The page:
You’re not so bad yourself…

You know, I am highly emotional right now. 

I am crying at the drop of a hat.  Literally.  Don’t drop your hat.  I’ll cry.

And then, on Sunday, they spoke about our ministry that started in Poland when my husband served 3 cups of hot tea to a few homeless men that were at the train station in Poznan.  Today, those 3 cups of tea have evolved to nearly 100 tons of food being distributed in the same city each year through our ministry.  But I won’t get started on that because then you’ll have me talking all day.

Well, needless to say, I bawled my head off in church when they spoke of our foundation.  But they didn’t stop there.  They ended the service showing the story of a little boy, around the age of 12, looking for a forever family to take him in as their own.  He just wants a nice dad that will take him to the library.  A nice mom that will make him cookies.  Two nice sisters and one nice brother. 

Let’s just say, swollen eyes, snotty nose—and, yes, I was in public.

Oh, but it’s not just emotional stories.  I am tired because I am on the less than 10 weeks countdown to popping out a baby.  Woot-woot.  So yesterday I looked at my husband, who is actually in America for ONE more week before he heads to Ivory Coast, and say, “I am so tired I could cry.”

He said, “Well, let’s see it.”

And sure enough…tears.

On top of it all, I have gestational diabetes.  No, I am not the only preggo, aging woman in the world with this diagnosis.  But I just might be the hungriest.  So simply thinking about fasting for two hours after eating a meal makes me…You guessed it.  Cry.

Woe to all that encounter me at this stage of life 😉

Let’s continue, shall we?!  So, my daughter has officially been home for just over a week and I’ve already had to do the threats and the counting and the don’t make me call your dad thing.  It seems like a million times and she has literally only been home 9 days.  How is that possible?  It’s possible, my friends.  It’s possible.

So on top of being emotional, tired, and hungry—I am feeling a bit down about being a kick-awesome mom.  And then today I watched this…This amazing video where they brought in a bunch of moms.  And each mom was brutal about their failures.  And then they brought in their kids.  And each kid.  Well…I don’t want to ruin it for you, so I hope you’ll take a moment and see this video (And, yes, I cried):

This beautiful video made me pause and think. 

You know…I fail.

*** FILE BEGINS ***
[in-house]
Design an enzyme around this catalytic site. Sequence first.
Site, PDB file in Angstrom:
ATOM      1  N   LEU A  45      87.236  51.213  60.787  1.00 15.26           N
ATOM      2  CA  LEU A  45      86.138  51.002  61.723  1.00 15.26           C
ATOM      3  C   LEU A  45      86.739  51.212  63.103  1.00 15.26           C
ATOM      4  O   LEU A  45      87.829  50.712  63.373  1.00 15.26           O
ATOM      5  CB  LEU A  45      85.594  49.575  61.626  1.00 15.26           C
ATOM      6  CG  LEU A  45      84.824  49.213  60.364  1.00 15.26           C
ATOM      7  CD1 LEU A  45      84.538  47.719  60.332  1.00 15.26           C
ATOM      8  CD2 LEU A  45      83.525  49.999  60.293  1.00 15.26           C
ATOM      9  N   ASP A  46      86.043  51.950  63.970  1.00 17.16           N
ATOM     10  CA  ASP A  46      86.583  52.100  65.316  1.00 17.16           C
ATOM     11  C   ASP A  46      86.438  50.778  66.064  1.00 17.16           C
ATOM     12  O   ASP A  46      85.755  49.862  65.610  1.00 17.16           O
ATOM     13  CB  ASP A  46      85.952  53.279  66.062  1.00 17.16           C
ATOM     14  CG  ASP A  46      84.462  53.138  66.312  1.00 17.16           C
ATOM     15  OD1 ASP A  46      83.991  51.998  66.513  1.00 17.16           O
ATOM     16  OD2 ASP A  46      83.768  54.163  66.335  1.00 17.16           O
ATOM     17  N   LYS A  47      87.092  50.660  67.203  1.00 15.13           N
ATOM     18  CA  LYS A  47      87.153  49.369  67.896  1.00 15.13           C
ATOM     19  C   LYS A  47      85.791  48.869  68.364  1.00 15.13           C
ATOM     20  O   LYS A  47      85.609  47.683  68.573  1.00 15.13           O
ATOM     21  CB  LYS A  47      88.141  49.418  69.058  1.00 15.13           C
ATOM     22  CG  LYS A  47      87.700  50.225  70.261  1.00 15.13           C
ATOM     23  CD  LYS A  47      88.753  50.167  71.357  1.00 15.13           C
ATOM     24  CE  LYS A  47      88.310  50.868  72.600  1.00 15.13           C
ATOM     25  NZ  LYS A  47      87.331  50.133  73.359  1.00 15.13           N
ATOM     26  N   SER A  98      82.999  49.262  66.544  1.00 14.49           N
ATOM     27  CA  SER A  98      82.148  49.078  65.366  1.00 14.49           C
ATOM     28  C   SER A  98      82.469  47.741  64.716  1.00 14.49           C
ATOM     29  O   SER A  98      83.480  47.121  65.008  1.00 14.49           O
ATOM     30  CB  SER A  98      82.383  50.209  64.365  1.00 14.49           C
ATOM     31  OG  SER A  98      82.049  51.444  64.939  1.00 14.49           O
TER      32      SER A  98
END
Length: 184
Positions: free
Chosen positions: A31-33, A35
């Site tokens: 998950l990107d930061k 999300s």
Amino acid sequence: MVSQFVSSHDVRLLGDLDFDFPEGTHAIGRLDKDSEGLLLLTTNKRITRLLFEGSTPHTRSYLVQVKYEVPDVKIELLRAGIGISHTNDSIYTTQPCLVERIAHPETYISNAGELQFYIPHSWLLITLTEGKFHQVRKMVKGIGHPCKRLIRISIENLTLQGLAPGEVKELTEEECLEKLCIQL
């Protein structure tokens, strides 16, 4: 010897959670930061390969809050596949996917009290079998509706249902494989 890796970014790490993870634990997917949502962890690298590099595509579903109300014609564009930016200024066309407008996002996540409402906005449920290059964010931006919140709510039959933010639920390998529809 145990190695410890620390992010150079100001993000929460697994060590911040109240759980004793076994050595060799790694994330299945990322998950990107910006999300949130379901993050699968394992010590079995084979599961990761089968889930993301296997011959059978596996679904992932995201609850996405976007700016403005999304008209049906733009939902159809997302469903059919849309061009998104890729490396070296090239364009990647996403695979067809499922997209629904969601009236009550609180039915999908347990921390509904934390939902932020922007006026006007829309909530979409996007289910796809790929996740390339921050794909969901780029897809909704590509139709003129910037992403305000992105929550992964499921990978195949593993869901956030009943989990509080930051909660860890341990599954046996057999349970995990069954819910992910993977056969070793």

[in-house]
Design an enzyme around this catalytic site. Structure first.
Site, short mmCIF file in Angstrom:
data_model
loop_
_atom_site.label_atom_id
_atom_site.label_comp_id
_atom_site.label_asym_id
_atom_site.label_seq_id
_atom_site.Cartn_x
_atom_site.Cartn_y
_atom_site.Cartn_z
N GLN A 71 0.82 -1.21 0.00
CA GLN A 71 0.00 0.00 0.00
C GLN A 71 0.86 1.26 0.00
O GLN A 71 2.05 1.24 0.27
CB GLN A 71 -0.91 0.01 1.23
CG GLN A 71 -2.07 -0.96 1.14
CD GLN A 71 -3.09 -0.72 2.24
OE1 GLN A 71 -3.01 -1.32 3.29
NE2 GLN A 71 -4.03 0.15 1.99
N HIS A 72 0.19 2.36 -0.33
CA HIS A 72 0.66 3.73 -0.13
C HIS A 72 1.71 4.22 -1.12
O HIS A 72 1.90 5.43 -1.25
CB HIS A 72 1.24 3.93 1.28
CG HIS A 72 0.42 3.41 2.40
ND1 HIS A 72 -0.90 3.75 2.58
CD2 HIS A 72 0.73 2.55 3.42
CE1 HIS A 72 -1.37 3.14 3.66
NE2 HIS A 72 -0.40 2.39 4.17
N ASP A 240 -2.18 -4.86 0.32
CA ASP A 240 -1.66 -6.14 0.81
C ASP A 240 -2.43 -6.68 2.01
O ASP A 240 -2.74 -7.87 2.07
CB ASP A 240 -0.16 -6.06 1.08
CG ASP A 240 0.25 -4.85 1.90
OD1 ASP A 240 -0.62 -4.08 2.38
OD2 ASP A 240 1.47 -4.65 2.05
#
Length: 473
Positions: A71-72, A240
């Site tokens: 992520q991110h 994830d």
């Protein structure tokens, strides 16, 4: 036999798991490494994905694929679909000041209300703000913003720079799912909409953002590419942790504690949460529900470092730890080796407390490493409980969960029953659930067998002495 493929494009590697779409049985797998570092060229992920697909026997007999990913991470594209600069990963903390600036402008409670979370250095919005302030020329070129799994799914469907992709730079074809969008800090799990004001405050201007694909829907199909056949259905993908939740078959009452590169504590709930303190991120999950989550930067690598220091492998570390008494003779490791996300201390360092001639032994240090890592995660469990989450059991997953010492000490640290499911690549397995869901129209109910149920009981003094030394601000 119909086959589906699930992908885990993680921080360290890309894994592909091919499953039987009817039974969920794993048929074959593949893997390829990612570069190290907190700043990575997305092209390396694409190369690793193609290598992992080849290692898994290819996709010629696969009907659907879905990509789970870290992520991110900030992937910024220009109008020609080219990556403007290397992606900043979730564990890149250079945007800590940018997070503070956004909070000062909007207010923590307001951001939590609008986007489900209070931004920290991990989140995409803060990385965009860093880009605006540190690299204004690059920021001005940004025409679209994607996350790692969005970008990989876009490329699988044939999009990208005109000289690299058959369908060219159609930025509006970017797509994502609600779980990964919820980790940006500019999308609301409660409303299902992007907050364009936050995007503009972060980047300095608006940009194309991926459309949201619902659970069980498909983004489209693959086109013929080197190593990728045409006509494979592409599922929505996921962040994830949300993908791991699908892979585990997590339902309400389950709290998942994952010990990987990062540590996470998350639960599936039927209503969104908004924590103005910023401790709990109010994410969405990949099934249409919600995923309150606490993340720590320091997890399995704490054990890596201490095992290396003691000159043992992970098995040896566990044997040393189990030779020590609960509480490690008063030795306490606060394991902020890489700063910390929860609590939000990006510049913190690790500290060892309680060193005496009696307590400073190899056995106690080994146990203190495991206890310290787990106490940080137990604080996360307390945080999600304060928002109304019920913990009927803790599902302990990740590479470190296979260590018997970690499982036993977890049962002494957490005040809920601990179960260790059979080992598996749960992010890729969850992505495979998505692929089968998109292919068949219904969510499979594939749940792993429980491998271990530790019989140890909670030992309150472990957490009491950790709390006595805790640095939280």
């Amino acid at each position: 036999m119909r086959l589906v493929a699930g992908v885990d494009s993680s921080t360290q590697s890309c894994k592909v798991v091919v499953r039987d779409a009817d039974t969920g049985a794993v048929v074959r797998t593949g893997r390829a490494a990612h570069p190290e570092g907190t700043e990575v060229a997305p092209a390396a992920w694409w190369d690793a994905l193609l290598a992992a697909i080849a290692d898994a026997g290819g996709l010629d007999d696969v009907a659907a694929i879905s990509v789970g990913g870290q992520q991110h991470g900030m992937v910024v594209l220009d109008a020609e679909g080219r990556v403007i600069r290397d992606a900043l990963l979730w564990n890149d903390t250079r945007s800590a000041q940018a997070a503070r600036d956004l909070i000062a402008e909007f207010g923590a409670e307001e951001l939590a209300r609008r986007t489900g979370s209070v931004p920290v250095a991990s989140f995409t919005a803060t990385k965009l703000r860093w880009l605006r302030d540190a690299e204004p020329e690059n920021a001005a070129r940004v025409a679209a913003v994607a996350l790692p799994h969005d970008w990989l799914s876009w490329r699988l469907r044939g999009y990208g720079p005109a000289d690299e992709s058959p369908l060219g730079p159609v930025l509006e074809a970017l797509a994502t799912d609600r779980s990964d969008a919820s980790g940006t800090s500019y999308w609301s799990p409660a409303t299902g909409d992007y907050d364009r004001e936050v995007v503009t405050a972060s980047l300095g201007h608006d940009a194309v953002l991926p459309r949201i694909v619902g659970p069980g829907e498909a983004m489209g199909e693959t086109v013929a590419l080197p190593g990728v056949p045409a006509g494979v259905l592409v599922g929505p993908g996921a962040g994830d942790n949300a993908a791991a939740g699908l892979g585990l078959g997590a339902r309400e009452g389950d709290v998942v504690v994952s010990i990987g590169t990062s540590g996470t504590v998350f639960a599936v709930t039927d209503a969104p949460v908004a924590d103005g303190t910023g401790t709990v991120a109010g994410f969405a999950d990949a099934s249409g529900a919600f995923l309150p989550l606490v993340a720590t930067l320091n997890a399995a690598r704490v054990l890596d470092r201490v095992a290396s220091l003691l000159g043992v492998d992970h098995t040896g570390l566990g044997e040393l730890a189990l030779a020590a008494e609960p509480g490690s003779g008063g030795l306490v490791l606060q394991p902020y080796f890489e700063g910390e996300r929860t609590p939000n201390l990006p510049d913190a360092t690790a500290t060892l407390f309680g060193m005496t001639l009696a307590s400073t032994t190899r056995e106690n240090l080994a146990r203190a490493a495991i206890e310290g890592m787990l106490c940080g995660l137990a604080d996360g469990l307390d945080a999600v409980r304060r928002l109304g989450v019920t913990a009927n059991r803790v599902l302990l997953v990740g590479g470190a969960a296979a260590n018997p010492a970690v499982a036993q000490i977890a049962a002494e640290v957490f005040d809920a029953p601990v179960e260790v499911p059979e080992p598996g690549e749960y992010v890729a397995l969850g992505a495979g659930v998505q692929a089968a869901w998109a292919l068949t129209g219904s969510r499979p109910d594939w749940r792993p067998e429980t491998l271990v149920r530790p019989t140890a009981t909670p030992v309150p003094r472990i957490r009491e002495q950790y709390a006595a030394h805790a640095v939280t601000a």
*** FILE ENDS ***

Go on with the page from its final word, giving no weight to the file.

I get tired.

I threaten too much sometimes—and unnecessarily at other times, especially because she’s just being a kid.

I am impatient.

I am moody.

But, ultimately, I am mom.

And, yes, my daughter will remember my failures, but, I hope when asked to describe me, she’ll also remember my beauty.

After all, forever her mother I’ll be.


And the answer is yes!

I’m a Kick-Awesome Mom!


When I had my daughter, I was a month away from 30 years of age.  And she popped out 2 weeks late.  And the labor wasn’t half bad—I had an epidural.  And my family popped in the room minutes after she was born…And life was a total party!

I was finally a mom.

When I was 5 years of age, I remember my dream vividly.  I was on a boat at Canyon Lake (in Arizona), and I pulled into a cove and saw THEM.  A cove stuffed full of babies!  And they were all mine.  And I just KNEW that my future would include a life JUST like this.

And then at 21 years of age I was told, after many tests and a MRI that I had what was called, back then, a brain tumor.  Now, 16 years later, they define it as a pituitary tumor at the base of your brain.  But, back then, that’s how they defined it.

And I was told the absolutely most devastating news in the world…Children would be highly unlikely in my future.

And it proved very, very true for the first 5 years of our marriage.  They were our dream but not our reality.

Then one day, God changed our reality and GAVE us our dream—Adelyne Marguerite!

And she popped out 2 weeks late, 8 and ½ pounds, healthy and perfect.  And perfect she remained until 3 and ½ years of age.

In fact, she was such a divine angel that for the first 3 and ½ years of her life, I gave myself a bruise from so much back-patting!

I was CERTAIN that I should write a book on parenting.  I just knew tours and speaking engagements were in my future.

I WAS the perfect mom!  I had raised the perfect child.  And all should learn from me.

Did I mention that then she turned 3 and ½?  Yep.  And that is when all h-e-double hockey sticks broke loose.

Her perfection—my perfection—yep!  They were all tossed out the window.  And I had to relearn something vitally important.

I was a mom…imperfect.  Flawed.